In Zambia, tomatoes were one of the few crops that grew even in the most blistering heat. They were not often eaten raw but were added to vegetables such as rape (a kind of leafy green) or pumpkin leaves and cooked to a rich sauce that would be eaten with cornmeal porridge.
In China, I saw small, bright cherry tomatoes added to chocolate cakes as a garnish. Why not? They looked stunning and they are a fruit after all!
It is important to remember that refrigerating tomatoes is not a good idea. It makes them mealy in texture and impedes the flavor. Nigella Lawson suggests that if you really must keep them in the fridge, then take them out and put them in a sunny spot for a while before using. It's a compromise, I suppose.
We are early in the season and few of us are probably thinking about canning tomatoes yet, so let's try a couple of ideas that allow fresh tomatoes to shine.
Tomato Sandwiches (British Style)
Yes, I know these seems an odd idea for a recipe. However I think, simplicity is deceptively difficult.
- Salted butter at room temperature
- Two slices of good white bread (sour dough, for example)
- One medium sized heirloom tomato at room temperature (Cherokee purple is a favorite of mine)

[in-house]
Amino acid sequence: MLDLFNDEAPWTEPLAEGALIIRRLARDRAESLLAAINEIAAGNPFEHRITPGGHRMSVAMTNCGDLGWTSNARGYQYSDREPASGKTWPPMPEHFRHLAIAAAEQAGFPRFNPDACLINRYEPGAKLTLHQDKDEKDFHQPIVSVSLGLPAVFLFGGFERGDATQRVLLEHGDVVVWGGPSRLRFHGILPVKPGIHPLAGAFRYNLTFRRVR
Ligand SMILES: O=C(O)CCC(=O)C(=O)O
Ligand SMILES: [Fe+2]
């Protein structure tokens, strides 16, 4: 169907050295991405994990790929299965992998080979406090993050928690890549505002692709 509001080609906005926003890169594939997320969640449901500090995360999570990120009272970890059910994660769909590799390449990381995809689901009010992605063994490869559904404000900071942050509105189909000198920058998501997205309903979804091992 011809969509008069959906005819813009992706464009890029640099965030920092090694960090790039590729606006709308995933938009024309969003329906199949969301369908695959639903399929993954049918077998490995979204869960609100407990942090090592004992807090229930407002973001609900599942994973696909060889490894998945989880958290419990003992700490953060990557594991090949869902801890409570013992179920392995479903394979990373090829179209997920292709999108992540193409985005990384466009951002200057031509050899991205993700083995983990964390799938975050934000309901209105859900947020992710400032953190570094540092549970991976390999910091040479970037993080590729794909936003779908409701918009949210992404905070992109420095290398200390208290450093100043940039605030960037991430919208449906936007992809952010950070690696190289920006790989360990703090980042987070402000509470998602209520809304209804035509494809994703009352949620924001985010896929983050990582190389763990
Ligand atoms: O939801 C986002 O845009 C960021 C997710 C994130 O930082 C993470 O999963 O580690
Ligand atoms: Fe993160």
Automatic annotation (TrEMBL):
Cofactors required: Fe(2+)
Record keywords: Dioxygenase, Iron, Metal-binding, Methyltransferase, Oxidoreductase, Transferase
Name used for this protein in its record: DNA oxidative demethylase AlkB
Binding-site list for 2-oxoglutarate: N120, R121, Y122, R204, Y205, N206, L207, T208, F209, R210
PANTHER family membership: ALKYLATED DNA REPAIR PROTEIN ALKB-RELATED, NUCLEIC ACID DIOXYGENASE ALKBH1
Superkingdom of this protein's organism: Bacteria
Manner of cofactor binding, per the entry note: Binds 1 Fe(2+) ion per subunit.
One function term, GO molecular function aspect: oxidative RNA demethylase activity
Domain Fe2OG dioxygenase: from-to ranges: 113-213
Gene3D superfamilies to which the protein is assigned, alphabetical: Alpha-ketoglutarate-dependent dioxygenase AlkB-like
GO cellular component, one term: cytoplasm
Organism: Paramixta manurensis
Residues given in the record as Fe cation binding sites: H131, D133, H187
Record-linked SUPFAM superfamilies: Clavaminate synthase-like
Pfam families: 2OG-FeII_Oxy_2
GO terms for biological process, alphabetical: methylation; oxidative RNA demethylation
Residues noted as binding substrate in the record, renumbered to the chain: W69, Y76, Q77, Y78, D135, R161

- Several paper towels
- Slice your tomato thinly and blot the slices on the paper towel
- Spread the bread with a layer of butter
-Once the paper towels have absorbed most of the moisture, add the slices to one slice of buttered bread (the butter should be inside, not outside like it is for grilled cheese)
- Top with the second slice of buttered bread
- Cut sandwich in half.
Salsa crudo is very popular in southern Italy and means 'raw sauce'. The tomatoes are not cooked, in fact none of the components of this sauce are cooked. Typically this sauce is for pasta, but you could use it as a sauce for fish or chicken and maybe add some capers.
- Four large tomatoes - skinned
- One large clove garlic, lightly pressed to release some juice, but still intact
- One tablespoon each of chopped fresh basil and flat leaf parsley
- One teaspoon of good salt
- Two tablespoons of Extra Virgin Olive Oil
- Finely chop the tomatoes
- Mix with all the other ingredients
- Cover and leave to stand for about half an hour
- Taste for seasoning
- Remove the garlic clove and discard
- Serve over pasta or with fish or chicken
Cod is firm and mild and so takes other flavors well. I used wild garlic onions that grow all over my garden. You could easily use green onions or leek. The onions get wonderfully sweet when roasted.
- 2 portions of cod
- 1 lemon
- 1 bunch of wild garlic or green onions
- Six sprigs of fresh rosemary
- Extra Virgin Olive Oil
- Mixed Peppercorns, ground
- Preheat the oven to 400 F
- Peel the lemon with a vegetable peeler then slice the peel thinly
- Finely chop three of the rosemary sprigs
- Trim the onions and cut in half width ways
- Drizzle some olive oil in the bottom of a small, shallow ovenproof dish
-Scatter the onions onto the bottom of the dish
- Put the fish in the dish
- Drizzle with olive oil
- Add the chopped rosemary, lemon peel, salt and pepper to the top of the fish
- Tuck the remaining rosemary sprigs in around the fish
- Roast for about 15 minutes, or until the fish flakes easily
- Squeeze with lemon juice before serving
Fresh shrimp is best of course and I recommend a good pilsner for this recipe. Don't worry you won't be using the whole beer so you can drink the rest!